Jews, learn self-defense! Don’t rely on others. That’s the most important lesson to learn from Auschwitz. And maybe it’s also time to consider Aliyah!
They come, they cry, they pay homage, and they leave. And where do they go back to? To places where anti-Semitism is growing by leaps and bounds. Where Jews are endangered once again.
They, close to 50 dignitaries, including world leaders, are in Israel for the Fifth World Holocaust Forum.
This year marks the 75th anniversary of the liberation of Auschwitz-Birkenau. Neither they, nor most Jews have learned much in those 75 years.
This event, titled “Remembering the Holocaust: Fighting Antisemitism,” comes after about 100 parliamentarians from across Europe gathered at Auschwitz this week, where were urged by the Brussels-based European Jewish Association and the Action and Protection League of Europe to toughen anti-Semitism laws in their countries.
During the first day of the two-day program, they took part in a symposium in Krakow and a gala dinner. The meetings and dinner speeches, addressed the need for increased Holocaust education in Europe, a strengthened commitment to passing national legislation to fight hatred towards Jews, and outlaw the sale of Nazi memorabilia. This was followed by a visit to Auschwitz-Birkenau and a memorial service on day two.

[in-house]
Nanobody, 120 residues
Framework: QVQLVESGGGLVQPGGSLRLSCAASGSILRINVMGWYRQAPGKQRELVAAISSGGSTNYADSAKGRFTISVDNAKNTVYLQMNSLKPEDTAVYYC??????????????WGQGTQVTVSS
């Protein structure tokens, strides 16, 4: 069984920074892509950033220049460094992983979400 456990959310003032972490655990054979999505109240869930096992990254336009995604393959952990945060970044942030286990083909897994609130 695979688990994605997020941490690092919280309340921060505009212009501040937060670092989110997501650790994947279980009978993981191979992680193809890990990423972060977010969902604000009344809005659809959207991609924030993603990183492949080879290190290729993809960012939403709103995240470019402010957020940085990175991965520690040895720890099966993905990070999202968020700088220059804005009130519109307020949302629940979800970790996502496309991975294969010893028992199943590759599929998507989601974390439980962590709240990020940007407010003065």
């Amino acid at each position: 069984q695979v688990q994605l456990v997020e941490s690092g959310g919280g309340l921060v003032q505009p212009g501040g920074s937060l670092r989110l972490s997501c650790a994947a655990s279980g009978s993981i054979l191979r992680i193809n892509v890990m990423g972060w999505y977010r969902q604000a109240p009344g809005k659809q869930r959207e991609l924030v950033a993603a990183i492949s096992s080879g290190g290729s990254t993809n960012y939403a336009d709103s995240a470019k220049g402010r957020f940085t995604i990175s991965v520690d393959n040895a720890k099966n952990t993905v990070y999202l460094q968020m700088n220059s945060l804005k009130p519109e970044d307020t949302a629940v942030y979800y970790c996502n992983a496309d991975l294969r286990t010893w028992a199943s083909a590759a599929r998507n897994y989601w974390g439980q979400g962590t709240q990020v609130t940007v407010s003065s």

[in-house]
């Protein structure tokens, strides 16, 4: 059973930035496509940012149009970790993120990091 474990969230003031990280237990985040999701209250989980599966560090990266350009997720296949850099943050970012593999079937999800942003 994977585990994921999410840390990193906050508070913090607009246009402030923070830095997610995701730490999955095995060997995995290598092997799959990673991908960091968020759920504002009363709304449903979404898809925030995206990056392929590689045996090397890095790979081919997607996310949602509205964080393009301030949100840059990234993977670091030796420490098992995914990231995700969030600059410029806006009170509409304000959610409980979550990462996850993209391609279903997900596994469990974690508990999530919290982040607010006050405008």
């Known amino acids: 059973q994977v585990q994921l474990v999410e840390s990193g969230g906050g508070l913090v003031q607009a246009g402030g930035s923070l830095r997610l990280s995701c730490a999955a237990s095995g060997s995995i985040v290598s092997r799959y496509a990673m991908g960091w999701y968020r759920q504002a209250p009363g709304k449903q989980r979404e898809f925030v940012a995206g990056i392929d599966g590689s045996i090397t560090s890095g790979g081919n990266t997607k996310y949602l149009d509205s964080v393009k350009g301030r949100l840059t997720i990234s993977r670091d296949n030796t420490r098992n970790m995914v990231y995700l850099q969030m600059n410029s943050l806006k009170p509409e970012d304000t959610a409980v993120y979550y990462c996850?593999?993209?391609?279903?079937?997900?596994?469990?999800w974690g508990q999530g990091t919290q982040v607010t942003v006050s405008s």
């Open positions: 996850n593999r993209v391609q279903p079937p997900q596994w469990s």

Thanks to the internet and modern social media, Judeopathy is more globally pervasive today than in the 1930s. One only needs to mention attacks on Jews in recent years in Pittsburgh, Poway, Brooklyn, Jersey City, Monsey, Toronto, Paris, Prague, London, Berlin, Buenos Aires, Moscow, Amsterdam, Istanbul, Uman, and on, and on, and on…
The number of attacks on Jews and anti-Semitic vandalism reported to the police in France surged 74% in 2018.
There’s also been a meteoric rise in anti-Semitic incidents across the United States in recent years. The Anti-Defamation League reported a 58% increase in such incidents, between 2016 and 2017, many of them in schools andr on college campuses.
And, in November 2019, the FBI released data showing that Jews and Jewish institutions were the overwhelming majority of targets of religion-based hate crimes in 2018, as they have been every year since 1991, in America.